Murrieta police bust three transients and recover several stolen bicycles after responding to a burglary at a bike shop and spotting a man ghost riding another bike.

Santa Barbara planners approve plans for a 2.6 mile bike path. Or maybe it’s a bike lane; the story isn’t clear.

A 19-year old Napa man is busted after being spotted riding a $9,000 stolen bike.

 

National

People for Bikes says protected bike lanes can actually reduce the cost of building new roadways by lowering the cost to manage storm runoff.

Chicago cyclists can finally take their bikes on commuter trains, though few turn out to take advantage of it.

Streetsblog says everyone loses in the ridiculous bikeshare fight between Hoboken and Jersey City.

Caught on video: A New York cyclist offers a high-speed look at his ride to work, catching nine traffic violations by motorists on a single 12-minute commute.

Aussie model Elyse Taylor is one of us, as she rides her retro-style bike through the streets of Gotham in her high-waisted jeans.

A DC church is hosting a bicycle blessing next month to try to mend fences between cyclists and churches that fought over bike lanes.

 

International

Turns out pro cycling’s Dr. Dope was caught up in the Panama Papers scandal, hiding over $1 million in offshore accounts.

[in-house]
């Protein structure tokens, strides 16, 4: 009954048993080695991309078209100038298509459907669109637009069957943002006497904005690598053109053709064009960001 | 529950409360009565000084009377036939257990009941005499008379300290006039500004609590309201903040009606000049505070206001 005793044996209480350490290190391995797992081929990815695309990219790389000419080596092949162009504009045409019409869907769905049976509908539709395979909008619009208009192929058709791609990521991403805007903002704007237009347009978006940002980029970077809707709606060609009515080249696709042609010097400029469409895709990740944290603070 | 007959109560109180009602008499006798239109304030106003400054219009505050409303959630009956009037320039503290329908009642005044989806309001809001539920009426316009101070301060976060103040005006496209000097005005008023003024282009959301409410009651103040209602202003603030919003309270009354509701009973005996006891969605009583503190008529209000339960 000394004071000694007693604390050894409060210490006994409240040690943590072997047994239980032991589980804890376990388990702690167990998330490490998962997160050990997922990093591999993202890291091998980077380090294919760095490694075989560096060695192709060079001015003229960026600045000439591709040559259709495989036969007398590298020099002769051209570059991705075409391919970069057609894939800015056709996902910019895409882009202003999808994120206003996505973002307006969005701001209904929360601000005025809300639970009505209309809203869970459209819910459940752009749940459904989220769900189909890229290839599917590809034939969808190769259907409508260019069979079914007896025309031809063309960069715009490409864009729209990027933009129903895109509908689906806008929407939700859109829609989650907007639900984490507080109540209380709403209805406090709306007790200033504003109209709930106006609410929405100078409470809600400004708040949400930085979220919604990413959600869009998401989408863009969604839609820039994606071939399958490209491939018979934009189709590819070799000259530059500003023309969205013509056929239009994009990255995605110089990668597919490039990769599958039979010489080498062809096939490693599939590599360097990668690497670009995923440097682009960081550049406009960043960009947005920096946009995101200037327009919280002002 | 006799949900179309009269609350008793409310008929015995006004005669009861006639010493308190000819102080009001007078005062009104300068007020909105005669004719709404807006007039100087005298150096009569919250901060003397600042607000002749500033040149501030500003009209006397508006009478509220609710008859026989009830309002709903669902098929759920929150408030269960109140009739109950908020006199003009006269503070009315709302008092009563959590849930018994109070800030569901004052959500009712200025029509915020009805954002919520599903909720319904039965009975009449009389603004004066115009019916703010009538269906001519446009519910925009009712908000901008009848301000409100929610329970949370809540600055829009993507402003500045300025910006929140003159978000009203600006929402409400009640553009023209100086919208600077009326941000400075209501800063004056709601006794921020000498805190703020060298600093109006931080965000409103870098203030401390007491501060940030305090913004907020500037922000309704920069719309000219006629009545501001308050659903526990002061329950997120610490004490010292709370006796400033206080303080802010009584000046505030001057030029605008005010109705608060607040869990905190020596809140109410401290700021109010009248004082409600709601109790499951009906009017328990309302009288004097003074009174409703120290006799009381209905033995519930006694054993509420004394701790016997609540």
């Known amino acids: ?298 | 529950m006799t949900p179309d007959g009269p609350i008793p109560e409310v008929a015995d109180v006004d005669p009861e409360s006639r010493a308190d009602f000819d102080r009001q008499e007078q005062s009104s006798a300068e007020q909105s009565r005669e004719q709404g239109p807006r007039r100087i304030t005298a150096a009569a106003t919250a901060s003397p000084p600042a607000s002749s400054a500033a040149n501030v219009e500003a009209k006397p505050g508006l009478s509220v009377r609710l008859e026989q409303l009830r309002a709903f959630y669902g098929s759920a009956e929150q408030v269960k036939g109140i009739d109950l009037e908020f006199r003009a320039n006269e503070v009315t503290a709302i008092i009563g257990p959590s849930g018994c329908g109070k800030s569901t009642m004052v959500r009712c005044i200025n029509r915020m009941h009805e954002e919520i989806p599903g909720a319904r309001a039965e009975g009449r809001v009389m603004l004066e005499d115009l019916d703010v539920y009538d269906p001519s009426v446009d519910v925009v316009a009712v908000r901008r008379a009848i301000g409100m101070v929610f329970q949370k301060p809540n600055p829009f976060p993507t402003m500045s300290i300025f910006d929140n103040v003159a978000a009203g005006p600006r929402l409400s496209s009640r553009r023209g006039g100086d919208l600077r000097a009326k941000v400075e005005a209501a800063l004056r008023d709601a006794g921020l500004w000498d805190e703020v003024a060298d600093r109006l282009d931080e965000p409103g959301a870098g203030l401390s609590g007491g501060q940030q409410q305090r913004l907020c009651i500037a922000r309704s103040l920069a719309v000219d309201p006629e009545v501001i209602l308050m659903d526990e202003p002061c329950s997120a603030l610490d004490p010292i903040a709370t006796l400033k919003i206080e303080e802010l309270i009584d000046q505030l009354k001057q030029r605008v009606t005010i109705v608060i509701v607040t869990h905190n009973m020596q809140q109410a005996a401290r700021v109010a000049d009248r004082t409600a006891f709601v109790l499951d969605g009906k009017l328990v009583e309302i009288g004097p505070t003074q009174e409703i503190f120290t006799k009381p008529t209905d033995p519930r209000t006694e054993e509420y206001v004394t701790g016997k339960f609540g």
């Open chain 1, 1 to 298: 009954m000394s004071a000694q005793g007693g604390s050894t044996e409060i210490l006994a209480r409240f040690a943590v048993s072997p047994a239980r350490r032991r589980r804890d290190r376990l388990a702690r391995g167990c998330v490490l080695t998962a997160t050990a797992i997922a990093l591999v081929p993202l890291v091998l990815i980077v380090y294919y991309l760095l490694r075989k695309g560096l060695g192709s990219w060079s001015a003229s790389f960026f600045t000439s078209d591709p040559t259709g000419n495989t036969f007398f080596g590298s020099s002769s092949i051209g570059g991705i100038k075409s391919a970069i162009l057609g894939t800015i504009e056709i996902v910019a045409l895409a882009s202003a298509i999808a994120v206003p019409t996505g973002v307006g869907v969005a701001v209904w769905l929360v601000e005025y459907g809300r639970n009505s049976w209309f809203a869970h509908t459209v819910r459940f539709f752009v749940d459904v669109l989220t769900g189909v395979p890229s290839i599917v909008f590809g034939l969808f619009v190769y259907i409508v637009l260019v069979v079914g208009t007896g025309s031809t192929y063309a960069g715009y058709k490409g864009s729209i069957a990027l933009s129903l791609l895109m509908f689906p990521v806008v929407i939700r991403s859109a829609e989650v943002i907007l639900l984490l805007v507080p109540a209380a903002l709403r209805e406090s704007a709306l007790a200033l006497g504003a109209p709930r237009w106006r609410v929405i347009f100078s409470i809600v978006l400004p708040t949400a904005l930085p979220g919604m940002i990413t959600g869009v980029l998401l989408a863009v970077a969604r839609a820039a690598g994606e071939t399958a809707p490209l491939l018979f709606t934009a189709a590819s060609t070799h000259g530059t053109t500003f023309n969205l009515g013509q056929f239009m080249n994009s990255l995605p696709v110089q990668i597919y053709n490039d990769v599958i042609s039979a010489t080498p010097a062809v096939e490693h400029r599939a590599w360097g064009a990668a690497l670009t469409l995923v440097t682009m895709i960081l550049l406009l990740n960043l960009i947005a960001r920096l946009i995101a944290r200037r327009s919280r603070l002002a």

The Oxford Mail asks if we’re all riding the wrong bike, except for maybe for roadies, closet and otherwise.

The Telegraph asks why British courts show remarkable leniency to drivers who kill bike riders.

A new British study says nearly half of all hit-and-run drivers wouldn’t have fled if they only knew it was illegal. To which I politely respond, bullshit.

Caught on video 2: A pair of Brit thugs wrench a bike from the arms of a 13-year old special needs kid the day before his bar mitzvah.

Caught on video 3: An Edinburgh cyclist posts video of the taxi driver who attacked him last year after they exchanged words following a too-close pass; the driver was fined after pleading guilty to careless driving and assault.

A new photo book captures the agony and the ecstasy of the Tour de France dating back to 1939; one of the photographers involved calls Lance an arrogant prick.

Former heavyweight champ and current mayor of Kiev is now one of us as he rides his folding bike to work, to the ambivalent reactions of his constituents.

Ride your ebike on the sidewalk in Tel Aviv, and face a $70 fine.

 

Finally…

Now you, too, can build a better bicycling body by eating nothing but pizza every two hours. Not even the Dawgfather can block a planned bike lane whose time has come.

And if you put a statue of Johnny Cash next to a bike trail named for the late singer, tourists will park in your driveway.

No, really.